Friday, December 30, 2016

January 2017 Theater Openings - an eclectic month

By Heart (coming to On the Boards) (Magda Bizarro)
January 2017 promises something for everyone as this very eclectic month in theater maybe hints at a very unusual year to come. Check it out and plan your month!

The Trojan Women, Civic Rep, 1/6-29/17 (at Slate Theater)  
British playwright and poet Caroline Bird's radical retelling of Euripides' The Trojan Women. Bird transports this famous anti-war tragedy to the modern setting of a prison hospital. Beyond the prison walls, Troy and its people burn. Inside the prison, the city’s captive women await their fate. Their grief at what has been before will soon be drowned out by the horror of what is to come.

Woody Sez: The Life and Music of Woody Guthrie, Seattle Repertory Theatre, 1/6-29/17
The legendary Woody Guthrie defined an American era of social consciousness and political expression with songs such as "This Land is Your Land" and "The Ballad of Tom Joad." This musical portrait, featuring Woody's stirring ballads and joyous anthems, celebrates the colorful life and rich musical legacy of America's great folk troubadour.

Monday, December 19, 2016

Best Theater of 2016!

The Royale (Dawn Shaefer)
It’s time for Crazy 2016 to be over…. That means it’s time for the annual attempt to bring to mind the best experiences of the year. As usual, there are so many aspects of good work to cover!

Local Writing:
First up, I want to acknowledge the incredible amount of Local Writing that exploded onto our stages this year! Seriously great work from talented writers! Two favorites of 2016 were Do It For Umma by Seayoung Yim, mounted at Annex and Theatre Off Jackson, and A Hand of Talons by Maggie Lee, mounted by Pork Filled Productions. A favorite adaptation was Laura Ferri’s A Tale for the Time Being at Book-It Repertory Theatre.

Exciting writing also included: Can’t Talk Right Now by Scotto Moore, Chorestia by Beth Raas-Bergquist, Puny Humans by Bret Fetzer and Keiko Green, Bernie’s Apt. by Rose Cano, Terra Incognita by Benjamin Benne, Trump the King by Nick Edwards, The Lost Girls by Courtney Meaker, From Kings to Controllers by Stacy Flood, Nick Stokes’ Duels, and Roz and Ray by Karen Hartman. Sara Porkalob created two new iterations of her solo piece about her amazing grandmother and will bring another one to Café Nordo in January (Madame Dragon’s 60th Birthday Bash).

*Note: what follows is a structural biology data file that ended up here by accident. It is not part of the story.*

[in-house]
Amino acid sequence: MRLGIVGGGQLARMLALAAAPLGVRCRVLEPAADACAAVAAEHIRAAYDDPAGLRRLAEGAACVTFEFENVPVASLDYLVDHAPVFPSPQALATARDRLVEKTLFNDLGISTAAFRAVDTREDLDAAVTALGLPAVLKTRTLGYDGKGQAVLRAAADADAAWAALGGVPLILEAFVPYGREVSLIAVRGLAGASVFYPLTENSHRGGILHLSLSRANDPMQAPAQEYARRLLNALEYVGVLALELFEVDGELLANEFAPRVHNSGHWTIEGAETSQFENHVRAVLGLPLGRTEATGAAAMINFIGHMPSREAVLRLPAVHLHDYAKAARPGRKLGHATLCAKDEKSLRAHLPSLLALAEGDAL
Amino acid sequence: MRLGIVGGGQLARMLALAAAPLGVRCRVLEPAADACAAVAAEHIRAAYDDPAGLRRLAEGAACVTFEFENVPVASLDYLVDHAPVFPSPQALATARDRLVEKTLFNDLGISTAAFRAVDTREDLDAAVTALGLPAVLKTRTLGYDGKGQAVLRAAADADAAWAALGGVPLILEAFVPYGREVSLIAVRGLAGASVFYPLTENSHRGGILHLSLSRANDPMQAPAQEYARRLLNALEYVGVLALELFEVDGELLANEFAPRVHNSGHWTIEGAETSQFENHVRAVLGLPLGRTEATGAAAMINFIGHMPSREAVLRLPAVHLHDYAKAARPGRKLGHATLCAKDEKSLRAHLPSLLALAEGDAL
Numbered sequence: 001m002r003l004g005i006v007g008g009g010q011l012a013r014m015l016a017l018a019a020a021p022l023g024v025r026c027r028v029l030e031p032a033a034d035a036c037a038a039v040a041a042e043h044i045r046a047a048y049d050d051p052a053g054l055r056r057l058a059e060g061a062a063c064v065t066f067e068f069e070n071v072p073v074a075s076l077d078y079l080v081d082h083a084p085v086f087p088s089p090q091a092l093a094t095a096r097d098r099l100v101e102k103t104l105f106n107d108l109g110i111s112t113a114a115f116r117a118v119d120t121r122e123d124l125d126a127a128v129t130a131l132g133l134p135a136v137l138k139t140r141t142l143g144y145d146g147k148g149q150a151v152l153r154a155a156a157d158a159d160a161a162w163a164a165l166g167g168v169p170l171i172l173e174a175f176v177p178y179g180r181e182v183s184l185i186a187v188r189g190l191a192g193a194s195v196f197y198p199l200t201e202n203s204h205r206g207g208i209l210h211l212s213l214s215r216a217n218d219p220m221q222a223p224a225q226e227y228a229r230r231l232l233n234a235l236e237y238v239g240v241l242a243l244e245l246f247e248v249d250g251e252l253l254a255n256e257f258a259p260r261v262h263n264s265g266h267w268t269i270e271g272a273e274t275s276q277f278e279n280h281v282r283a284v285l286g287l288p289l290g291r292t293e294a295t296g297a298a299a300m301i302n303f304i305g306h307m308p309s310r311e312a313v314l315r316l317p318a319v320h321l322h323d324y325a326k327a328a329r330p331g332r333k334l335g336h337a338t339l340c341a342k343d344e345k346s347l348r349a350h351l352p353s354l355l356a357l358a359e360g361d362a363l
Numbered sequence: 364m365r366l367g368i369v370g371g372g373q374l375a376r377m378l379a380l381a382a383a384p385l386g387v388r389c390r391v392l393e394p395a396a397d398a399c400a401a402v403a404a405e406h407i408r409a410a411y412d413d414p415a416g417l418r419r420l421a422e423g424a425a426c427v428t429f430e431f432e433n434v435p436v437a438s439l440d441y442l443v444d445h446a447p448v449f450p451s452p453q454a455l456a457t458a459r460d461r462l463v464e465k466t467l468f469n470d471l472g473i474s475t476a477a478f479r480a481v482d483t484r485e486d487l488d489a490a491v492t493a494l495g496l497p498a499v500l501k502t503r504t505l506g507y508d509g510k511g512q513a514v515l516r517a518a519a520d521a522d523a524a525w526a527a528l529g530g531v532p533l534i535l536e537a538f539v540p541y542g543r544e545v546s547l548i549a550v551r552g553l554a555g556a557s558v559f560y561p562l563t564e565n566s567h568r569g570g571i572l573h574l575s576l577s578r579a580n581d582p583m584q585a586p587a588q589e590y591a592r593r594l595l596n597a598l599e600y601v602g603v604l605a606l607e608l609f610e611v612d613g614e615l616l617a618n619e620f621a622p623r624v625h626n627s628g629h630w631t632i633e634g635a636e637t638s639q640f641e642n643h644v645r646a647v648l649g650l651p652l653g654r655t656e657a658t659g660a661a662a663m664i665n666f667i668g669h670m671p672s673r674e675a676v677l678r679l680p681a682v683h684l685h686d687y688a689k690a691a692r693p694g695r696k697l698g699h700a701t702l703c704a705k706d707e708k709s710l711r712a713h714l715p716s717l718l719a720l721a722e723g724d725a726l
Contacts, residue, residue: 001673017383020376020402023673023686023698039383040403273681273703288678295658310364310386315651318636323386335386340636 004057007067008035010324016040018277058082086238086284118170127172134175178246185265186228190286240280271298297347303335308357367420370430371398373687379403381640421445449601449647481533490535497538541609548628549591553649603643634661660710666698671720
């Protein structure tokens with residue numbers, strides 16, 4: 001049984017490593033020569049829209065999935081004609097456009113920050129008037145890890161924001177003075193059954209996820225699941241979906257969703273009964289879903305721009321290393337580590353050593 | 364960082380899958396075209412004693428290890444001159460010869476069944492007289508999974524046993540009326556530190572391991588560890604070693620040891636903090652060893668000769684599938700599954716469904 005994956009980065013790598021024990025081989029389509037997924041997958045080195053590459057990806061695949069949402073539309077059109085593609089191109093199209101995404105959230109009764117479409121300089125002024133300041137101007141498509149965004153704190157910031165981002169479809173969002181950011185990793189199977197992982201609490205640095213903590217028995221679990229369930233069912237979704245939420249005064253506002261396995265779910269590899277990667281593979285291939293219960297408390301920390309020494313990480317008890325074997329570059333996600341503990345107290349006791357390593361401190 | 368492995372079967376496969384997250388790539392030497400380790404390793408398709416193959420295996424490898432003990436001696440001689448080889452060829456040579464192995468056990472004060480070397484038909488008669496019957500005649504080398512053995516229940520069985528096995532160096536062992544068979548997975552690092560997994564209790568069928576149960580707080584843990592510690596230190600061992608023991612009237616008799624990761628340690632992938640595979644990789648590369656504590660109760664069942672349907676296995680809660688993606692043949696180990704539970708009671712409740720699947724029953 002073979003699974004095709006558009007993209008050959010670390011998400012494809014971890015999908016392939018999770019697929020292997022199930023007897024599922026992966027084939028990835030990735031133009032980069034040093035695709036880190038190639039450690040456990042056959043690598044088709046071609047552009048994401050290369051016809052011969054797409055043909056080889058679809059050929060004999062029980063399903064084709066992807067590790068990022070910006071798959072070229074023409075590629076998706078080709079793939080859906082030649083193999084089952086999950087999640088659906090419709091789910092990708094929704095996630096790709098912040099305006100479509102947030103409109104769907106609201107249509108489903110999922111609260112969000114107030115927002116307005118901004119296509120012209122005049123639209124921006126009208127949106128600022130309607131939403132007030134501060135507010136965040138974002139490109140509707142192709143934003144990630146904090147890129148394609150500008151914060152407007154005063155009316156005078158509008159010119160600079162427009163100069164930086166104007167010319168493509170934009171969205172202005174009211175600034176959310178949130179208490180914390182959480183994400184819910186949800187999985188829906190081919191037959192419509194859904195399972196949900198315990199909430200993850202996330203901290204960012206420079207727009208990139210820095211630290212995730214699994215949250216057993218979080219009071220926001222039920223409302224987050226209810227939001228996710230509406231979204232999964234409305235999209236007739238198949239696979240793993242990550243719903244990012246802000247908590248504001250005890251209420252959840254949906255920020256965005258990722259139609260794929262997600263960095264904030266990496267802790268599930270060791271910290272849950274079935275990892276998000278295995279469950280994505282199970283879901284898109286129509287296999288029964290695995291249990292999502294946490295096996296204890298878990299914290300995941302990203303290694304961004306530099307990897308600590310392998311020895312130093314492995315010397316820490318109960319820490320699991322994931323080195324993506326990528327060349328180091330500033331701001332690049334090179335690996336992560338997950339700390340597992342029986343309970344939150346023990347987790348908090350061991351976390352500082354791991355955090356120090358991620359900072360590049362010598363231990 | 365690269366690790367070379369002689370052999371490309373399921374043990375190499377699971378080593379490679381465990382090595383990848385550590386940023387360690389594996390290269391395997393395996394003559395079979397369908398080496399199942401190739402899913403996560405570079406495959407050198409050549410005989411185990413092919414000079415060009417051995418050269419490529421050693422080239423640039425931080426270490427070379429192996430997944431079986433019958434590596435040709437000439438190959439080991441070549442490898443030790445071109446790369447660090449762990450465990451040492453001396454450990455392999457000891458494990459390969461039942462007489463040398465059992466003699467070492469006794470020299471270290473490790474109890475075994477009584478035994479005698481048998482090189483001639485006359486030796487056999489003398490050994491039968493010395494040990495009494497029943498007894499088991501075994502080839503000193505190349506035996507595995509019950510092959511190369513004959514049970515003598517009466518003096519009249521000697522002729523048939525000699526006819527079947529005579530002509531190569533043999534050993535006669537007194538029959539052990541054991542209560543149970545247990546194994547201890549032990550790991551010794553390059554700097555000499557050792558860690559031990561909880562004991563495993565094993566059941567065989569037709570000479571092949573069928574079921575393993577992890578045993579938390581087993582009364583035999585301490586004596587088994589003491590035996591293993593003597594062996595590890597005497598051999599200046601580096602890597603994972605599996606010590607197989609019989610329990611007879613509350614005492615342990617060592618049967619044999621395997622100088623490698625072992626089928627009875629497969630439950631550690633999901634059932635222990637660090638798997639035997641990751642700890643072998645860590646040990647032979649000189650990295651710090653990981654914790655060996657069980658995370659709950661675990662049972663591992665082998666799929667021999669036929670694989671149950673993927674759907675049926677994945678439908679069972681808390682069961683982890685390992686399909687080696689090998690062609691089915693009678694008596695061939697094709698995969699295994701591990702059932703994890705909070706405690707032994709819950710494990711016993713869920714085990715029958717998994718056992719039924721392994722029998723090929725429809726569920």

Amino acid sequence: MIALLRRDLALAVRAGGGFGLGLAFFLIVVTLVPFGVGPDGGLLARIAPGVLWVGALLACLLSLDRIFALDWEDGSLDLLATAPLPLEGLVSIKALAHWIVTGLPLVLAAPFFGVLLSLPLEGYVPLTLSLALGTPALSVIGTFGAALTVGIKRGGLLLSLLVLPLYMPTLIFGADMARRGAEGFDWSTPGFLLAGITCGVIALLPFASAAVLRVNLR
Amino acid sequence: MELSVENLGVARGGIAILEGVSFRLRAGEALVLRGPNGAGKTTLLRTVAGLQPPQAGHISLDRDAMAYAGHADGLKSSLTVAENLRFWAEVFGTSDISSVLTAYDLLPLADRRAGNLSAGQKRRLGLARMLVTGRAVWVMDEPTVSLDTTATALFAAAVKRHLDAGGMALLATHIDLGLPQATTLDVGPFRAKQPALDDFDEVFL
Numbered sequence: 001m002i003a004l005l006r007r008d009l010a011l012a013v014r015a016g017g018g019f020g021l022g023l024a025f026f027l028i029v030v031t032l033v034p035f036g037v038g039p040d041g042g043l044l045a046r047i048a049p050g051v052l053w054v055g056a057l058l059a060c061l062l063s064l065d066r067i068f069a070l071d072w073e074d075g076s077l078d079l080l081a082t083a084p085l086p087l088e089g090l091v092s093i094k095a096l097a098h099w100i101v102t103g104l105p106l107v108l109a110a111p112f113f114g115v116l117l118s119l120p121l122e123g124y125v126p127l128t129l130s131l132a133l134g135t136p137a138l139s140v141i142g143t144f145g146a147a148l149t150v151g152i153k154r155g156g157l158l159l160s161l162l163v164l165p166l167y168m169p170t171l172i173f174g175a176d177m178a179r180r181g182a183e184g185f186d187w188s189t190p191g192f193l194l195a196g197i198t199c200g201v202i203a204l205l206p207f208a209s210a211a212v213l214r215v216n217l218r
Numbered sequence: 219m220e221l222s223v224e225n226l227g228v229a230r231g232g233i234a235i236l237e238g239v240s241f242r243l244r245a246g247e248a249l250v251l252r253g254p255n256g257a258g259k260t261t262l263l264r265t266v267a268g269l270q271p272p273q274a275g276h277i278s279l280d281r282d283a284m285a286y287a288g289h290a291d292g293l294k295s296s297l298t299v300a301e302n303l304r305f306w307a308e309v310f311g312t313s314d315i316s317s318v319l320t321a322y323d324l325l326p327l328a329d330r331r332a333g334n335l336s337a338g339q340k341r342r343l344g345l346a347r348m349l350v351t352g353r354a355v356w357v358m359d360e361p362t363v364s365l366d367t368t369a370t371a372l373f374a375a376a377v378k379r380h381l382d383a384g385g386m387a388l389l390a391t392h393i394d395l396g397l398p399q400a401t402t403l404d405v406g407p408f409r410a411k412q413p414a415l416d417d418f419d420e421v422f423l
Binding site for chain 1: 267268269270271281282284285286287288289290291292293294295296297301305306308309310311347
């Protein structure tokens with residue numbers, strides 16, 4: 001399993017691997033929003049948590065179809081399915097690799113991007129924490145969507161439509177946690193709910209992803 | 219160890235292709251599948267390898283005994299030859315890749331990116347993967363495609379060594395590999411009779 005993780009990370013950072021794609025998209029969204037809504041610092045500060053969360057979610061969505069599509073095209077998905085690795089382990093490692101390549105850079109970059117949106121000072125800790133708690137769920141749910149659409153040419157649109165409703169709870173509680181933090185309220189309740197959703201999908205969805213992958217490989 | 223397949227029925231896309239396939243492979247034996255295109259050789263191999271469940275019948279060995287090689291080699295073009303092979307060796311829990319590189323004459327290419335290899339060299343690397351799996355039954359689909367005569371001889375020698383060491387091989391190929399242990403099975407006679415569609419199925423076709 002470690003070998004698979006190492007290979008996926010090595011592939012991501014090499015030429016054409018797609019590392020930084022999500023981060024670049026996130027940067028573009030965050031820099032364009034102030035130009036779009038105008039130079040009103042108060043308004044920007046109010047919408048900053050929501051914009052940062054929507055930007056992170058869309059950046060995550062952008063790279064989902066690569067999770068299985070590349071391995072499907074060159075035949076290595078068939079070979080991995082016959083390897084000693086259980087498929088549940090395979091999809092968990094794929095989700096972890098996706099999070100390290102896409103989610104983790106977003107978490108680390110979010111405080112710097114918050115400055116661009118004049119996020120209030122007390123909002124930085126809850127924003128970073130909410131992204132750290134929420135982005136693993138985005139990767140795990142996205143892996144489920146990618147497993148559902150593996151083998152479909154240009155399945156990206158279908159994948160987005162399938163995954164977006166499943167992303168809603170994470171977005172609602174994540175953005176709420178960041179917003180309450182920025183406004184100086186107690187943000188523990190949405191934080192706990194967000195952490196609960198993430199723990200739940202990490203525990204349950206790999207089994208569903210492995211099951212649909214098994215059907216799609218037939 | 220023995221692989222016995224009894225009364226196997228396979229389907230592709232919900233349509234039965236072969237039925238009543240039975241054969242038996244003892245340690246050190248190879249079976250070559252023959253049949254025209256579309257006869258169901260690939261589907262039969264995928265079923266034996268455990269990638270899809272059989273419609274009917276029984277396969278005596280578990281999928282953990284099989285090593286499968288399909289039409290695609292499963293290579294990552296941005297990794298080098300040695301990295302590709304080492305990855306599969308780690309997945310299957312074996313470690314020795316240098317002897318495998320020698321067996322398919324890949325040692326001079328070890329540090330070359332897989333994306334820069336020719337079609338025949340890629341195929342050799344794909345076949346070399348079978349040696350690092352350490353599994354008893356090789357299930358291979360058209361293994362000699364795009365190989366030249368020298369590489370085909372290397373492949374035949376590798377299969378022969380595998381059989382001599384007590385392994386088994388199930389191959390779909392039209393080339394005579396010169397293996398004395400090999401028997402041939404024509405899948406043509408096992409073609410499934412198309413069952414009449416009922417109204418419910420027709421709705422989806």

Two Companies’ Outstanding Work:
I also want to acknowledge two companies who have done some of the best work of their history in 2016: ArtsWest and Ghost Light Theatricals.

Friday, December 16, 2016

“Vietgone” Should Not Be Forgotten – Try to see it!

Amy Kim Waschke and Jeena Yi in Vietgone (Navid Baraty)
Vietgone
Seattle Repertory Theatre
Through January 1, 2017

“Write what you know.” That’s a lot of what people are told when they embark on writing anything and aren’t sure where to start. Playwright Qui Nguyen, in Vietgone, has done that in this trenchant, funny, hip-hop spouting, immigrant-experience-explaining road trip through the fall of Saigon and the evacuating of some thousands of South Vietnamese in helicopter rides to battleships.

“Vietnam was a huge mistake.” That is what most of us know, if we know anything about that war besides how badly the vets coming back were treated. From a U.S. point of view – and don’t we always take the truth from a U.S. point of view? – U.S. participation in and escalation of the war in Vietnam is looked at as a huge disaster. Partly because the reason for our participation, aka The Domino Effect, was only a theory and because so many of our young men died or were maimed for life. Money spent was thought to be wasted and we reached beyond our shores for bad reasons.

Also, we lost. We pulled out of South Vietnam in 1975 and they fell and it all became one communist country anyway. But there are other points of view.

Wednesday, December 14, 2016

Help save Christmas from aliens - and eat reindeer!

Christmas is Burning (John Cornicello)

Christmas is Burning
Café Nordo
Through December 30, 2016

You too can be part of the Holiday Defense League “as they valiantly struggle to save the most wonderful day of the year.” How? By coming in from the cold to Café Nordo and being on the ship the HMS Whooville. Also by eating reindeer!

It’s nice to have crew there who will keep up your calories by feeding you well during the flight. You’ll need them to fight off the killer robots who are infiltrating from a warp in time.

This is like nothing else on this planet. Guaranteed. Of course, just about anything written by Scot Augustson is like nothing else on this planet. Which means you may or may not understand much of it besides the keen focus on jokes. This iteration of shadow puppetry and food pairs talented food creator Erin Brindley with the mental hijinks of Augustson’s fertile (and furtive?) mind.